Games, Time, and Probabilities: Models and Algorithms for System Design and Analysis
published: April 16, 2011, recorded: April 2011, views: 3906
Report a problem or upload filesIf you have found a problem with this lecture or would like to send us extra material, articles, exercises, etc., please use our ticket system to describe your request and upload the data.
Enter your e-mail into the 'Cc' field, and we will keep you updated with your request's status.
Digital technology, from medical implants to drive-by-wire systems, is increasingly deployed in safety-critical situations. This calls for systematic design and verification methodologies that can cope with three major sources of system complexity: concurrency, real time, and uncertainty. We advocate a two-step process: formal modeling followed by algorithmic analysis (or, "model building" followed by "model checking"). We model the components of a concurrent system as potential collaborators or adversaries in a multi-player game with temporal objectives, such as system safety. The real-time aspects of hardware and software are modeled by hybrid dynamical systems that combine both discrete state transitions and continuous state evolutions. Uncertainty in the environment is naturally modeled by stochastic behavior. As a result, we obtain three orthogonal extensions of basic state-transition graph models of systems --game graphs, timed graphs, and Markov decision processes-- and all combinations thereof.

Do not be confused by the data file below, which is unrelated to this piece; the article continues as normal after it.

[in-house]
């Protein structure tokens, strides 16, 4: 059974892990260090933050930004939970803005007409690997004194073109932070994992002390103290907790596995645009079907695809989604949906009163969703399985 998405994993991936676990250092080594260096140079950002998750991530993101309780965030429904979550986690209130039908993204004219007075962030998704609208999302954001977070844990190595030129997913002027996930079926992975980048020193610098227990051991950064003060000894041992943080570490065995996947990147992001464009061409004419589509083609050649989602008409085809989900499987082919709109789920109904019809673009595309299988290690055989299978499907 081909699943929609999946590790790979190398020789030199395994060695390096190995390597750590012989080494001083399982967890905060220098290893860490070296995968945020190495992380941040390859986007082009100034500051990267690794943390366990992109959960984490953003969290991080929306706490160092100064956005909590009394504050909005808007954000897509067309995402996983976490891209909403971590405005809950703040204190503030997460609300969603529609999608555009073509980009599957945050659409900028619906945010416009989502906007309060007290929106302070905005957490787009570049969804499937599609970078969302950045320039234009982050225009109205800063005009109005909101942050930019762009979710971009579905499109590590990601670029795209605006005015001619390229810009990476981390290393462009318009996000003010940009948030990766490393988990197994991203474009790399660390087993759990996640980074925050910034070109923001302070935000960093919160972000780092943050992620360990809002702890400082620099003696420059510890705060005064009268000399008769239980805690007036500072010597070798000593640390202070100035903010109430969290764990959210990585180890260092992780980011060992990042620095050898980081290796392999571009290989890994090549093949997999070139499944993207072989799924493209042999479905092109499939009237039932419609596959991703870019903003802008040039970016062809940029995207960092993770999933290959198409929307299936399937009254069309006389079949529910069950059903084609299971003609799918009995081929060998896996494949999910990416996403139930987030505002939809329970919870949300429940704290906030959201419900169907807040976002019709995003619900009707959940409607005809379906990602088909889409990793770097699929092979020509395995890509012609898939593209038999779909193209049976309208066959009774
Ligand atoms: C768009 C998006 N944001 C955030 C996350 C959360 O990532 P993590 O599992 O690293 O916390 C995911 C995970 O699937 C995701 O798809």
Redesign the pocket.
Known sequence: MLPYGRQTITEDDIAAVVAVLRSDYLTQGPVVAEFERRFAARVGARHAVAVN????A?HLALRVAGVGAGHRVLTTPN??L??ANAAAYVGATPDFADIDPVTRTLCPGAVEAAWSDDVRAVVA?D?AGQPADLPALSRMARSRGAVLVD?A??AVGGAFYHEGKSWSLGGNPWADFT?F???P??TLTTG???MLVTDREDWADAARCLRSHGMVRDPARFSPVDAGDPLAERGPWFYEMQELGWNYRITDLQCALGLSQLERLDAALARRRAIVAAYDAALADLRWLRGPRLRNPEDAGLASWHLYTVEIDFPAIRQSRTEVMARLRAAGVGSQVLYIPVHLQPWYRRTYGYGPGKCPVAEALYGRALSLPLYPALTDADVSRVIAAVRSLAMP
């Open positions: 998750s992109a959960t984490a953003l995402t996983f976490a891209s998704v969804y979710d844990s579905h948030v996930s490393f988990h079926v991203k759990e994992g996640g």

Link this pageWould you like to put a link to this lecture on your homepage?
Go ahead! Copy the HTML snippet !